The light at the end of the tunnel in this story is that the one officer who wasn't too busy polishing off his donuts to do his job, Officer Ward, was promoted. Let's just hope he gets the backing of Cheif Foley, Mayor Sammarone & City Hall to make the officers under him do their job or go find another one.

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9USMC0331(152 comments)posted 3 years ago


Really? And you know that how? Just by looking at them? "God help us" from idiots like you! Sounds like you took the test but didn't score high enough. Awe! You a little upset? You couldn't handle that job!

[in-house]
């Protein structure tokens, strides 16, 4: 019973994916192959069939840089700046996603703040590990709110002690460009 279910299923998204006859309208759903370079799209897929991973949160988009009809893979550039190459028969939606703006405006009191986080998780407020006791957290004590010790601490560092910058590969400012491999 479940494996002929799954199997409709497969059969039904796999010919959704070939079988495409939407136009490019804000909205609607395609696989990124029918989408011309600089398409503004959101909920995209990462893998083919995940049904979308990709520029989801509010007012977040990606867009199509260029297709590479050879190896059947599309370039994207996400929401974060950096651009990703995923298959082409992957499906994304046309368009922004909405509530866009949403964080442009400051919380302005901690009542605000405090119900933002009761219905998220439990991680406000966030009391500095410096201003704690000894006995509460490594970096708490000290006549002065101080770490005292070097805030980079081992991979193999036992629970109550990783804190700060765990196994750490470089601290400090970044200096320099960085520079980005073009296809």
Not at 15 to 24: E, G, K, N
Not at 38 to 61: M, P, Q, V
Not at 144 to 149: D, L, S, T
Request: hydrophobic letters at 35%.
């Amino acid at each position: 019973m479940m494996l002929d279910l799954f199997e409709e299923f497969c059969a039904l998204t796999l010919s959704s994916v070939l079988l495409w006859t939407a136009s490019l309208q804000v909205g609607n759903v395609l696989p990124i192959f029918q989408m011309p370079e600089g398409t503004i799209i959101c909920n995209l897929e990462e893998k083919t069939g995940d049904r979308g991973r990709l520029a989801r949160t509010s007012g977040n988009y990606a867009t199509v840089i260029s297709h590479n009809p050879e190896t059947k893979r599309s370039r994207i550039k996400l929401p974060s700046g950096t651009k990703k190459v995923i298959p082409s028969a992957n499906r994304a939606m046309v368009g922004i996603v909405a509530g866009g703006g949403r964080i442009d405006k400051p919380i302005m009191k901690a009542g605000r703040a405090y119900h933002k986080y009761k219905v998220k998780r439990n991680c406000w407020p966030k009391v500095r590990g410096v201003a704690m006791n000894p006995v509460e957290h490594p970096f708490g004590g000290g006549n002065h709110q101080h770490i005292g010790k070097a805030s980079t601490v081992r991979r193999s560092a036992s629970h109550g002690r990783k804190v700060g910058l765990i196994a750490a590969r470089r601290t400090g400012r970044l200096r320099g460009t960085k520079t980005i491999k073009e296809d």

If there were honestly "24" bad cops on the police dept, things would be a lot worse than they are. Laws limit the ability to (kick in doors and get the bad guy) also call volume hinders that. There are special units that go and serve warrants. A cop working the beat usually doesn't have time to investigate to that depth. Most that I know if they did have the time would. And by the way if there was, "audio" of someone saying something illegal and you got arrested for it you'd be singing a different tune. Just playing devils advocate.